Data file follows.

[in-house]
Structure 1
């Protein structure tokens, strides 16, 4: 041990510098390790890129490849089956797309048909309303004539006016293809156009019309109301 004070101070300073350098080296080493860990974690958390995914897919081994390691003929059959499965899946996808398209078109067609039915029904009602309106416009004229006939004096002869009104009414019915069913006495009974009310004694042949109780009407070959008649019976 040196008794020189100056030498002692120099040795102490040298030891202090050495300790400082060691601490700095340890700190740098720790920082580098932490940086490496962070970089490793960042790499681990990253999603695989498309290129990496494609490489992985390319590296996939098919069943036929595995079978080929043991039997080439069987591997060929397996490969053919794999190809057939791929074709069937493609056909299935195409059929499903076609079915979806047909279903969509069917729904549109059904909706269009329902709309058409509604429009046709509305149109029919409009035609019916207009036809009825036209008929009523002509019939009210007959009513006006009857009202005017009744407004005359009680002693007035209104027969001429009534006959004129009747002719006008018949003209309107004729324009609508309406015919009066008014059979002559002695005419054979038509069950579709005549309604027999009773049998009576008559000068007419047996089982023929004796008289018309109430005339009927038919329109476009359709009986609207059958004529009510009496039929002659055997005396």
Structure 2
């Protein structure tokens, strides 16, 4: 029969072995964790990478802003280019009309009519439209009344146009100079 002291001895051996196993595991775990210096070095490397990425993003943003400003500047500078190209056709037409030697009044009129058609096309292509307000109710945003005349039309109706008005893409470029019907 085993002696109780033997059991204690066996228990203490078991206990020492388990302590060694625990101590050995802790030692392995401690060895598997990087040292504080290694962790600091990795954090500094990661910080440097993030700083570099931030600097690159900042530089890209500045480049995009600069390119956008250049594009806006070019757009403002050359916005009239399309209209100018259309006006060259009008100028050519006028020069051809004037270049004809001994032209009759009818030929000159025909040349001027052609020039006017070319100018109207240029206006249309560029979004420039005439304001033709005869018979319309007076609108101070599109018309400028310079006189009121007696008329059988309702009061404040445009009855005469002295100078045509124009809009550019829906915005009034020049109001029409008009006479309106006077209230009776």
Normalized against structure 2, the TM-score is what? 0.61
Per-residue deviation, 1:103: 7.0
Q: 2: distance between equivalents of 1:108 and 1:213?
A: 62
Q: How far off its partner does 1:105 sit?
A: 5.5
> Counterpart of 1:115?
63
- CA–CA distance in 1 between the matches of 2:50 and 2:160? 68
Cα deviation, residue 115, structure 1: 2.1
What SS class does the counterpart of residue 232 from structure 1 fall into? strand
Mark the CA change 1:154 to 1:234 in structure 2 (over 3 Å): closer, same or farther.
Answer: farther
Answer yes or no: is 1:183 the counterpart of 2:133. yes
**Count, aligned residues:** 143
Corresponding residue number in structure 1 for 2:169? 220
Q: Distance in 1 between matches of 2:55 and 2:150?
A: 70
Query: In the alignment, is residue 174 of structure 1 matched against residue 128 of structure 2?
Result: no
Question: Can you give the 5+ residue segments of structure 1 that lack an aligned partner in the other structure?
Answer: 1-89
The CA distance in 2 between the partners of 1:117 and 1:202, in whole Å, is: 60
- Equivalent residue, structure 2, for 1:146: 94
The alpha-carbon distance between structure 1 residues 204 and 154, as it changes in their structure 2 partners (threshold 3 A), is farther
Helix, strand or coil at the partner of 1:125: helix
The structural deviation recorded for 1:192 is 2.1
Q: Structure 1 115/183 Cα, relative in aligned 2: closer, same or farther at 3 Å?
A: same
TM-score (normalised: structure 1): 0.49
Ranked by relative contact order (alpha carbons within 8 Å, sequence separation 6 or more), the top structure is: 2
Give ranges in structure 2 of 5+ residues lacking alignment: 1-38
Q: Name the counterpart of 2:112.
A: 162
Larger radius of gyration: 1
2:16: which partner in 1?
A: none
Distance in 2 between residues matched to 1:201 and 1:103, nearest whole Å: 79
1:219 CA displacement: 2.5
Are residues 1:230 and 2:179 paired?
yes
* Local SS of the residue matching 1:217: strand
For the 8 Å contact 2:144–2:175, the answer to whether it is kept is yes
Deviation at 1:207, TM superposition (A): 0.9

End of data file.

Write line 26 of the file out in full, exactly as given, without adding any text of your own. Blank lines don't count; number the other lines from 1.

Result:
Question: Can you give the 5+ residue segments of structure 1 that lack an aligned partner in the other structure?